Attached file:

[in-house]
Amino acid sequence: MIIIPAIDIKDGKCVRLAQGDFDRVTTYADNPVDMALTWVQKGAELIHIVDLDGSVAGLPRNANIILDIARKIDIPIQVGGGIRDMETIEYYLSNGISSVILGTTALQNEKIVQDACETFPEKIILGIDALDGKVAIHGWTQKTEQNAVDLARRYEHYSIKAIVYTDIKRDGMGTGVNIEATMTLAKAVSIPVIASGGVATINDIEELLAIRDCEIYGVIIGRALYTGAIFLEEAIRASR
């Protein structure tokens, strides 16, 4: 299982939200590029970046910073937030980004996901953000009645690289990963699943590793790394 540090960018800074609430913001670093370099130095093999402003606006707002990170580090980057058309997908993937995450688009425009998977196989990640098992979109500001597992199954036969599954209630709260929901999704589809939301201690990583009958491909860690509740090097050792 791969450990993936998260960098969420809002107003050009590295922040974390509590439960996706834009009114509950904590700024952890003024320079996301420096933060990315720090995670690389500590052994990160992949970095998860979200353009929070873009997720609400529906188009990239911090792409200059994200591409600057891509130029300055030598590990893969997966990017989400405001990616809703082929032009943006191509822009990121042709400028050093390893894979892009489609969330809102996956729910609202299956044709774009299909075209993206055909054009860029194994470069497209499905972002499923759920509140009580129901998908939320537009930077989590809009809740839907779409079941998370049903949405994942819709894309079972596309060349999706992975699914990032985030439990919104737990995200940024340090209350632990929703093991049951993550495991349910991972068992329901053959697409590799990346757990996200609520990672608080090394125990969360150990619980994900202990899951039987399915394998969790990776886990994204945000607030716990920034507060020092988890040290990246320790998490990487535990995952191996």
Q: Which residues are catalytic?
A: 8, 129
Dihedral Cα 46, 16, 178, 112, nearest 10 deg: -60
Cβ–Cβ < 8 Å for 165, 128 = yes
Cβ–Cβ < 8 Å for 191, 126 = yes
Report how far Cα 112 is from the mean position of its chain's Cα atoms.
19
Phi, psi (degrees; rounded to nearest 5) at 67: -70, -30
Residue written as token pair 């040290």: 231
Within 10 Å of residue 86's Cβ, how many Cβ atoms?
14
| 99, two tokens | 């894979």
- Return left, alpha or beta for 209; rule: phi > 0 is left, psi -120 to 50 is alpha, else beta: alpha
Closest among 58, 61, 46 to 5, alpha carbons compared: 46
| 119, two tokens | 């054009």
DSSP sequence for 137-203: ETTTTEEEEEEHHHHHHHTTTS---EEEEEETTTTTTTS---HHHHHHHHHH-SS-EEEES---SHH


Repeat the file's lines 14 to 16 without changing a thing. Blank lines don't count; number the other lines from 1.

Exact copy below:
14
| 99, two tokens | 């894979």
- Return left, alpha or beta for 209; rule: phi > 0 is left, psi -120 to 50 is alpha, else beta: alpha